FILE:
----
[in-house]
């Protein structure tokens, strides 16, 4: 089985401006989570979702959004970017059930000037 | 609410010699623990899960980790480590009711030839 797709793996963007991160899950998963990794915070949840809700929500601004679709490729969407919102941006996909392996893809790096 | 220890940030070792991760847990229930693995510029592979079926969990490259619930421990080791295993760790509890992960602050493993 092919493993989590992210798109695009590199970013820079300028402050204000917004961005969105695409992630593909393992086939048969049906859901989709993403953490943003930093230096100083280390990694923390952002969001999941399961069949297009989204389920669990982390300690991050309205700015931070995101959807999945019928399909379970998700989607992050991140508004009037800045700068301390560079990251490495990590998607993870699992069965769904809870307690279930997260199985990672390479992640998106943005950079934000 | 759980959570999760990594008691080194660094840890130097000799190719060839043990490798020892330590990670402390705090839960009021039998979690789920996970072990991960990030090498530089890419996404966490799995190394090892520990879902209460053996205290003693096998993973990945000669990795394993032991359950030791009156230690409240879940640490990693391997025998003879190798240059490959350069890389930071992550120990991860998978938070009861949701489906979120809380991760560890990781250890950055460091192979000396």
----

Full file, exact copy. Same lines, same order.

[in-house]
């Protein structure tokens, strides 16, 4: 089985401006989570979702959004970017059930000037 | 609410010699623990899960980790480590009711030839 797709793996963007991160899950998963990794915070949840809700929500601004679709490729969407919102941006996909392996893809790096 | 220890940030070792991760847990229930693995510029592979079926969990490259619930421990080791295993760790509890992960602050493993 092919493993989590992210798109695009590199970013820079300028402050204000917004961005969105695409992630593909393992086939048969049906859901989709993403953490943003930093230096100083280390990694923390952002969001999941399961069949297009989204389920669990982390300690991050309205700015931070995101959807999945019928399909379970998700989607992050991140508004009037800045700068301390560079990251490495990590998607993870699992069965769904809870307690279930997260199985990672390479992640998106943005950079934000 | 759980959570999760990594008691080194660094840890130097000799190719060839043990490798020892330590990670402390705090839960009021039998979690789920996970072990991960990030090498530089890419996404966490799995190394090892520990879902209460053996205290003693096998993973990945000669990795394993032991359950030791009156230690409240879940640490990693391997025998003879190798240059490959350069890389930071992550120990991860998978938070009861949701489906979120809380991760560890990781250890950055460091192979000396």